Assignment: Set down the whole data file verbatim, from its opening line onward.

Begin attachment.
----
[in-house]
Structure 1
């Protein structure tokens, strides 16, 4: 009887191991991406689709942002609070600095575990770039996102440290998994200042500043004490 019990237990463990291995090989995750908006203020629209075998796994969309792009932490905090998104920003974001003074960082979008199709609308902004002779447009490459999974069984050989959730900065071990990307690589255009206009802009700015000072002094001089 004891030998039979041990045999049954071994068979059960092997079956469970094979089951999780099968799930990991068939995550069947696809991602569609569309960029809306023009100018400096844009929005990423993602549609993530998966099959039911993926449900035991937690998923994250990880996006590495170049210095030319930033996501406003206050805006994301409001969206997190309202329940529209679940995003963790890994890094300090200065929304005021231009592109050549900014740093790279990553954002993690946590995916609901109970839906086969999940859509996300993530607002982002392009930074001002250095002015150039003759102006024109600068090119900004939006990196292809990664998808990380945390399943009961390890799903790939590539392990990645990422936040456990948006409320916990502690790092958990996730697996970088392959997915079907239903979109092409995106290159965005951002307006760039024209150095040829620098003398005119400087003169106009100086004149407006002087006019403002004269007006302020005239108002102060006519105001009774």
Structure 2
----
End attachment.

[in-house]
Structure 1
């Protein structure tokens, strides 16, 4: 009887191991991406689709942002609070600095575990770039996102440290998994200042500043004490 019990237990463990291995090989995750908006203020629209075998796994969309792009932490905090998104920003974001003074960082979008199709609308902004002779447009490459999974069984050989959730900065071990990307690589255009206009802009700015000072002094001089 004891030998039979041990045999049954071994068979059960092997079956469970094979089951999780099968799930990991068939995550069947696809991602569609569309960029809306023009100018400096844009929005990423993602549609993530998966099959039911993926449900035991937690998923994250990880996006590495170049210095030319930033996501406003206050805006994301409001969206997190309202329940529209679940995003963790890994890094300090200065929304005021231009592109050549900014740093790279990553954002993690946590995916609901109970839906086969999940859509996300993530607002982002392009930074001002250095002015150039003759102006024109600068090119900004939006990196292809990664998808990380945390399943009961390890799903790939590539392990990645990422936040456990948006409320916990502690790092958990996730697996970088392959997915079907239903979109092409995106290159965005951002307006760039024209150095040829620098003398005119400087003169106009100086004149407006002087006019403002004269007006302020005239108002102060006519105001009774």
Structure 2